Editorials

Health impact assessment

BMJ 1996; 313 doi: http://dx.doi.org/10.1136/bmj.313.7051.183 (Published 27 July 1996) Cite this as: BMJ 1996;313:183
  1. Alex Scott-Samuel
  1. Director EQUAL (Equity in Health Research and Development Unit), Department of Public Health, University of Liverpool, Liverpool L69 3BX

    An idea whose time has come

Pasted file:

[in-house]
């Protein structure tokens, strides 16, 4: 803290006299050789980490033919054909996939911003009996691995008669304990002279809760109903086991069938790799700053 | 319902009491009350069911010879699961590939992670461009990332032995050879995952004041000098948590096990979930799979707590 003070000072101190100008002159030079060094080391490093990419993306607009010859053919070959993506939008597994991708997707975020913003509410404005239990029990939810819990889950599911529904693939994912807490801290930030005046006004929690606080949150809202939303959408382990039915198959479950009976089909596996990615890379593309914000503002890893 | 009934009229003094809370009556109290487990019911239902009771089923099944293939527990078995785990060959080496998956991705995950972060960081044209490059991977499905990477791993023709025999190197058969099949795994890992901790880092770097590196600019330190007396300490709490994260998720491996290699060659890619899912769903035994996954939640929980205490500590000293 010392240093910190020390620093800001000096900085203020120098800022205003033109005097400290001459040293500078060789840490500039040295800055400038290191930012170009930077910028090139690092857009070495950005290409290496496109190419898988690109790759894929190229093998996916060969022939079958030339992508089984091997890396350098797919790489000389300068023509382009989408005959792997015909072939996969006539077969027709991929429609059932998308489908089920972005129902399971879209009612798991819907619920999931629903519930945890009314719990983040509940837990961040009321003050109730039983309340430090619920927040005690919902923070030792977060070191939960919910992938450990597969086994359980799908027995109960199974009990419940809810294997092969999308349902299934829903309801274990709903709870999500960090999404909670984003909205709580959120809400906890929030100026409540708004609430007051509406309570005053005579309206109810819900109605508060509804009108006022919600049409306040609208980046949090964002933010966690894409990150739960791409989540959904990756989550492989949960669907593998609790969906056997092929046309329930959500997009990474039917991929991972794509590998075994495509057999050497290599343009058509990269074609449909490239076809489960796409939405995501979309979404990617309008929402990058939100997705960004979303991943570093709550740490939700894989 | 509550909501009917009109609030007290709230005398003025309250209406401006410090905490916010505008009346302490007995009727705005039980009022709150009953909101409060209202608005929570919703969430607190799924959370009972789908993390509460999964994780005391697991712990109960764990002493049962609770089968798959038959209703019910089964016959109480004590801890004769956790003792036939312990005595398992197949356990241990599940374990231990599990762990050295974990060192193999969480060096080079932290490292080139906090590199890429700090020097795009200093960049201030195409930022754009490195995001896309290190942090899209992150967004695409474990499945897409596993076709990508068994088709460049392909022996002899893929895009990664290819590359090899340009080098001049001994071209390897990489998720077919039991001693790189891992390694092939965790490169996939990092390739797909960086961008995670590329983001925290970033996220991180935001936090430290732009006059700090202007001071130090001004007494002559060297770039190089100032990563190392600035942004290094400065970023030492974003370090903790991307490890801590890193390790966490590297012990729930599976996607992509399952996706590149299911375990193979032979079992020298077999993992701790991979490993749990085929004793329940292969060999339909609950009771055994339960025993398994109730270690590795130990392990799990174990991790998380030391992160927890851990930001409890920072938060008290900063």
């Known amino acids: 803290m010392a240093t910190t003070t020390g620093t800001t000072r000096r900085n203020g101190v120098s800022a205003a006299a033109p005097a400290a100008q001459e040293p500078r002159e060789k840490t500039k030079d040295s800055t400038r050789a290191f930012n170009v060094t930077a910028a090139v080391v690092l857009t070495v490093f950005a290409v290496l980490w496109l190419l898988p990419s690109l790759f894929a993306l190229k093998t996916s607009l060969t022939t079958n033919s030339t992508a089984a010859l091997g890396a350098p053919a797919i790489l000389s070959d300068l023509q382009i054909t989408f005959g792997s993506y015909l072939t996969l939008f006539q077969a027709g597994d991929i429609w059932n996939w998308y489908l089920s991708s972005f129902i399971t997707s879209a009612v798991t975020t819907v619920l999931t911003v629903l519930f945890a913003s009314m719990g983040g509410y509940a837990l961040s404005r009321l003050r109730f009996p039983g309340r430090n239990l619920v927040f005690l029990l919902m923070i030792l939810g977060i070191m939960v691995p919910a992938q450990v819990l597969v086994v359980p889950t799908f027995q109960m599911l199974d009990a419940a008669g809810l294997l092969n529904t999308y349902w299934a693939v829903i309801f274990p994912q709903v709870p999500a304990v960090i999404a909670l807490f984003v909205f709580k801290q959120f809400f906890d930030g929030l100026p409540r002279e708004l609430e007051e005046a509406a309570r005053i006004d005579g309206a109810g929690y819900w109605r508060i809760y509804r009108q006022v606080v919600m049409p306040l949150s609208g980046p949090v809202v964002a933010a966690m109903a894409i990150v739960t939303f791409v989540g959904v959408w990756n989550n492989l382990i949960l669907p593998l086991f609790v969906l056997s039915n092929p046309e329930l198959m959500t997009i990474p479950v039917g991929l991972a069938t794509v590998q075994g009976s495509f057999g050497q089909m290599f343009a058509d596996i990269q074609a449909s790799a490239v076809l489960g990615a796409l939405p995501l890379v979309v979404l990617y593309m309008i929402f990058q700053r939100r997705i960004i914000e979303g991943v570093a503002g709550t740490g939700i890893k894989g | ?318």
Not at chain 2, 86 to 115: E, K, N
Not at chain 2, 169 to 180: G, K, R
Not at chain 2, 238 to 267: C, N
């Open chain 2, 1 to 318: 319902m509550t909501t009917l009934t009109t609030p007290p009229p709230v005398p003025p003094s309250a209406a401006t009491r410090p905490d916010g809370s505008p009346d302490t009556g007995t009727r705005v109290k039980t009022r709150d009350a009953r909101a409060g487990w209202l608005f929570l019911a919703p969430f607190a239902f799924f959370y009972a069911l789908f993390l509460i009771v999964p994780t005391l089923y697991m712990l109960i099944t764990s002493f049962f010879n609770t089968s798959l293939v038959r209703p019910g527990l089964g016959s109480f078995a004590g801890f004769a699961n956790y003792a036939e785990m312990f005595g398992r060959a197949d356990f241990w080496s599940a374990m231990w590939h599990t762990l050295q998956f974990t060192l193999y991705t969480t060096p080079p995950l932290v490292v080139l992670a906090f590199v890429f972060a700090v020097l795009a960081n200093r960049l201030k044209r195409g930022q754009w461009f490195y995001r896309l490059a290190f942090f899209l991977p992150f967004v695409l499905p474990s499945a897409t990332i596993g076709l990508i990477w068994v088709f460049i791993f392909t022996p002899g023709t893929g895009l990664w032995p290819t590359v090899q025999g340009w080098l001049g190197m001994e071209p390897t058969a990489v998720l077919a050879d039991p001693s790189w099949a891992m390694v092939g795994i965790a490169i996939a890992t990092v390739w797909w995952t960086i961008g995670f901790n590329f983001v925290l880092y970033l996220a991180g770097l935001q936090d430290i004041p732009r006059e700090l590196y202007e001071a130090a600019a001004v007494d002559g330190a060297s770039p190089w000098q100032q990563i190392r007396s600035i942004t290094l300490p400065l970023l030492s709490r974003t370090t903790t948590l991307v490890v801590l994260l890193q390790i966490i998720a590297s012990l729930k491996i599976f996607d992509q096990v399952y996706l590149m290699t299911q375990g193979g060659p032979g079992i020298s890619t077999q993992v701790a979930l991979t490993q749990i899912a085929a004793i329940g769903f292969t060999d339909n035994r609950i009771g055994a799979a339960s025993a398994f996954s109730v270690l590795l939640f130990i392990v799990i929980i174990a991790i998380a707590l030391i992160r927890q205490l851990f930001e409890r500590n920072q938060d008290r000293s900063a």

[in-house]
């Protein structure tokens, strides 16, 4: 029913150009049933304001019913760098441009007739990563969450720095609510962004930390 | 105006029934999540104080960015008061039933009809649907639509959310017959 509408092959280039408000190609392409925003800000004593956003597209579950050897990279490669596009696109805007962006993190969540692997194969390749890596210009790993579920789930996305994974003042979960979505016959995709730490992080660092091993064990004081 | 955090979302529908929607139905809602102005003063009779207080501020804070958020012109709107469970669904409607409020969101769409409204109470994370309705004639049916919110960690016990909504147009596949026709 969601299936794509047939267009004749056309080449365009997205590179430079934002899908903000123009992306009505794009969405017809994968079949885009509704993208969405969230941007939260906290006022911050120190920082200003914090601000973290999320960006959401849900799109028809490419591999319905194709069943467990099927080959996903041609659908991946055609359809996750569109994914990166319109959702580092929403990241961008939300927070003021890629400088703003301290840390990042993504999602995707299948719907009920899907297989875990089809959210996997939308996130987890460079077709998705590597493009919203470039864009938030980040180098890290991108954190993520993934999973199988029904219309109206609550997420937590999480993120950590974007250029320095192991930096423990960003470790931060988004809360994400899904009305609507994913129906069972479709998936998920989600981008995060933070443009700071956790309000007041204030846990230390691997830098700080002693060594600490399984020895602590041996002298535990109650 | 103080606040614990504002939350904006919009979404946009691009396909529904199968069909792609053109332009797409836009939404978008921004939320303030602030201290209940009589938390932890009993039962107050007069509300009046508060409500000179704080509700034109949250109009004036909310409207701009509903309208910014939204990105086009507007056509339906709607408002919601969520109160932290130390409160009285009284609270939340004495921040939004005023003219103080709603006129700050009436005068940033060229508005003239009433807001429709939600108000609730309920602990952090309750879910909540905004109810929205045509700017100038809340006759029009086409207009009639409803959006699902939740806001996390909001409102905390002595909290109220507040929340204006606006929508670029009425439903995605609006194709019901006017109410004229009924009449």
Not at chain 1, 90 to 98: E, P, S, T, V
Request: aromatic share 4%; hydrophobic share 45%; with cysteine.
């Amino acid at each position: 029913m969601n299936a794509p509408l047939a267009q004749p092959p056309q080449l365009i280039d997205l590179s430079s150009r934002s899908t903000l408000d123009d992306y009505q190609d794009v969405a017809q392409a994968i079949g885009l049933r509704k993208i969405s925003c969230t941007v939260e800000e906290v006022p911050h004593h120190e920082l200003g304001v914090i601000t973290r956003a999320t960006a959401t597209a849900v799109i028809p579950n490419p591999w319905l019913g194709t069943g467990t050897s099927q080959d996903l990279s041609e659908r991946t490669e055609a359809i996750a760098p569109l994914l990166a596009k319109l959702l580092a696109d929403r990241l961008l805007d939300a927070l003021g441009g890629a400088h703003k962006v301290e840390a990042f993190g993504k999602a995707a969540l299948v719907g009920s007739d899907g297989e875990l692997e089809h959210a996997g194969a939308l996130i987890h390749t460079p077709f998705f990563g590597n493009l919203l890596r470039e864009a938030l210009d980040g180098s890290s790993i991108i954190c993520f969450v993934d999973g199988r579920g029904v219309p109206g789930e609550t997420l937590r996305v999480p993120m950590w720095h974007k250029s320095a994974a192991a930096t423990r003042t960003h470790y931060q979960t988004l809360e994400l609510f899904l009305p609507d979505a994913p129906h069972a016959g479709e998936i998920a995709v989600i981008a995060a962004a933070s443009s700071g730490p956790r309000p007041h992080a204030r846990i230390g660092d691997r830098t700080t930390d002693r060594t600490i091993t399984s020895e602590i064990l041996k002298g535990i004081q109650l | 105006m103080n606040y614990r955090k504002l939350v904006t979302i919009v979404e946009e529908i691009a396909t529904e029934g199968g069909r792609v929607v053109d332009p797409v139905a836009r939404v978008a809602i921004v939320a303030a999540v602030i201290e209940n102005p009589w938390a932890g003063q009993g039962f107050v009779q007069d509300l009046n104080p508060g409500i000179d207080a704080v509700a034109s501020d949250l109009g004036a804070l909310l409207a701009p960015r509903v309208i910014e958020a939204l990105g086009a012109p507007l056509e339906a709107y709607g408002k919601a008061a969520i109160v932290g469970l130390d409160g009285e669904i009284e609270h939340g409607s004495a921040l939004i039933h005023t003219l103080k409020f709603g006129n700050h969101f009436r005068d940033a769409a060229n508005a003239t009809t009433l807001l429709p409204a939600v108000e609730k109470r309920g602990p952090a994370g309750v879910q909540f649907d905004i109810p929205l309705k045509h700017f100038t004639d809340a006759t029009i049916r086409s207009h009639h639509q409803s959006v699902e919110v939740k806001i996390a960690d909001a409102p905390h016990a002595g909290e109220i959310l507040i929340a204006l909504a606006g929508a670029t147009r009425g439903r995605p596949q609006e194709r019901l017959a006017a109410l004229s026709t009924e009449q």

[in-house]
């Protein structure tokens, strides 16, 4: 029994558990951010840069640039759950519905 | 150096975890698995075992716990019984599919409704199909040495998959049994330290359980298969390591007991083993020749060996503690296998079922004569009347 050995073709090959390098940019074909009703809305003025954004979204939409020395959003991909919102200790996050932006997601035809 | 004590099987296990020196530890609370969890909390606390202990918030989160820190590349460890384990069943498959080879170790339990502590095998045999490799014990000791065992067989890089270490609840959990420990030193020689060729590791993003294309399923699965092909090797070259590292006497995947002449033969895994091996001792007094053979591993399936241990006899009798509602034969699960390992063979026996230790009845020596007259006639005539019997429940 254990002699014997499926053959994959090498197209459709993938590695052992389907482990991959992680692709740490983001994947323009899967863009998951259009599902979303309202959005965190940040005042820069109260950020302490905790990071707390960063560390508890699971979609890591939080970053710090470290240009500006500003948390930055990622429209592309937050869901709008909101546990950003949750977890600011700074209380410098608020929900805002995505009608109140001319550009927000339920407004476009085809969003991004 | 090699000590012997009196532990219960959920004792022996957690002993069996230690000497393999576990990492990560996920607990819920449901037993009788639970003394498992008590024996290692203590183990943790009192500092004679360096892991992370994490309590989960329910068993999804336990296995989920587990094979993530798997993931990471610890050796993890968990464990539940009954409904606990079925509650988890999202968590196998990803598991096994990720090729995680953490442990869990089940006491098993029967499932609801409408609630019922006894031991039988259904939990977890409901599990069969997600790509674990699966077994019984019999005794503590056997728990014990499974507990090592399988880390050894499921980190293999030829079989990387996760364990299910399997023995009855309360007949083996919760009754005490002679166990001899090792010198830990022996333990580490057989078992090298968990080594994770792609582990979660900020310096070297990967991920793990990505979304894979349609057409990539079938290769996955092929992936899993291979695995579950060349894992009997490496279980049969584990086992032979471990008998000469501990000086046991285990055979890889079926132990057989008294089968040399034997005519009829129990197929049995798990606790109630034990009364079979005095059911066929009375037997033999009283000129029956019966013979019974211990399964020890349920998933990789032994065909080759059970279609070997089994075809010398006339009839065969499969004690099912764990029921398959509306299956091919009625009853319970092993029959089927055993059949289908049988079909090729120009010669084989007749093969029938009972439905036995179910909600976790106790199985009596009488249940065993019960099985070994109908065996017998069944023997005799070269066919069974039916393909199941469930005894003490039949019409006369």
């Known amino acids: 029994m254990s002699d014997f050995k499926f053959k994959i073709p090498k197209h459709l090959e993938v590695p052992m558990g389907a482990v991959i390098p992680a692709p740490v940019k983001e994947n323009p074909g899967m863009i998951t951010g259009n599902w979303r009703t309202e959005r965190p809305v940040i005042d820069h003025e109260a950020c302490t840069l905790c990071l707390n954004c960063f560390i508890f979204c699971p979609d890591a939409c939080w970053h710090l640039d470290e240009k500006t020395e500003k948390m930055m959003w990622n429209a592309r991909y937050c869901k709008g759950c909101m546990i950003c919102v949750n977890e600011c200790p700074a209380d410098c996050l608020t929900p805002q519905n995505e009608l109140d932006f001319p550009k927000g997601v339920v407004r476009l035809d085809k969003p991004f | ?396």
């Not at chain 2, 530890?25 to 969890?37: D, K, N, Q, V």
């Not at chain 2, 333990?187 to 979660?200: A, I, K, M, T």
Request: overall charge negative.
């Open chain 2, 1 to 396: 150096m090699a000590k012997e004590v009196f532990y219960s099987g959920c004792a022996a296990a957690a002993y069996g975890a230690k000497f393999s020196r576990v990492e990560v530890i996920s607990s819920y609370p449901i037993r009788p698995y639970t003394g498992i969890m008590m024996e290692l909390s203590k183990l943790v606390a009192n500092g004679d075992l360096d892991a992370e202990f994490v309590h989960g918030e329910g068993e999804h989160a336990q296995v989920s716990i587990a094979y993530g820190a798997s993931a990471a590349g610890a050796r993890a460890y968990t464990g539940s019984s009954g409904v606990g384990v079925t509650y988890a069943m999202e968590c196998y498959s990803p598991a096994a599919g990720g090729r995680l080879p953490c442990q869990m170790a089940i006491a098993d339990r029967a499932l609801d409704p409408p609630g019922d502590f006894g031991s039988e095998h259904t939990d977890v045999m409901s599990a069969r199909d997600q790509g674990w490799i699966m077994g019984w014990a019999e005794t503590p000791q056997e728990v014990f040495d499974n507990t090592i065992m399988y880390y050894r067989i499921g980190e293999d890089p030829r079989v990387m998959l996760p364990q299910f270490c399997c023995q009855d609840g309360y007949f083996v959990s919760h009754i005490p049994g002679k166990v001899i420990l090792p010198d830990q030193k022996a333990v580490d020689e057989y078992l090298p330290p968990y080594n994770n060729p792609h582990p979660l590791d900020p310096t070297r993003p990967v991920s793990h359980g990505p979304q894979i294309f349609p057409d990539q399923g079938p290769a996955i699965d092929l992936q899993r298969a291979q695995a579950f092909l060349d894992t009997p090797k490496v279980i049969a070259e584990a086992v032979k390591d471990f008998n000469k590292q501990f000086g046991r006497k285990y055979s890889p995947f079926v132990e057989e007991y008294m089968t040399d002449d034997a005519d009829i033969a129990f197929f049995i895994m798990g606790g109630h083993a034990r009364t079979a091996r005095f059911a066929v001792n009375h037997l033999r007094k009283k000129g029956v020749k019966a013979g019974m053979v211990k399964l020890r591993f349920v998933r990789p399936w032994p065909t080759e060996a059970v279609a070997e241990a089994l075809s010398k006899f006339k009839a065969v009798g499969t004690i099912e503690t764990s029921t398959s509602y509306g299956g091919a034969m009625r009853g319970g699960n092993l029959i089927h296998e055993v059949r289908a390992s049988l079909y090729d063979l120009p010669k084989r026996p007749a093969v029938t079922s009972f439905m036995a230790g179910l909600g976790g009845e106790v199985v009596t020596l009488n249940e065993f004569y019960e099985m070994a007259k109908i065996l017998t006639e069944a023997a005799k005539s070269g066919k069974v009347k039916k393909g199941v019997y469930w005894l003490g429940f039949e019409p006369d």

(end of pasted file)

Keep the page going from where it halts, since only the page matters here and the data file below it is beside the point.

The Health of the Nation, England's strategy for a healthy population, acknowledges explicitly that many government policies have an impact on health and that their consequences for health need to be assessed and, when appropriate, taken into account.1 England is not alone: the idea of health impact assessment is almost universally popular, though its implementation is patchy. In the developing world, where the importance of healthy public policy is well understood, the prospective assessment of the health impact of resource allocation policies or of development projects is nothing new.2 3 In the developed world, however, acknowledgement of the need for health impact assessment is still in its early stages, and its meaning, methods, and application remain to be established. Only now is the scientific community coming to realise the …

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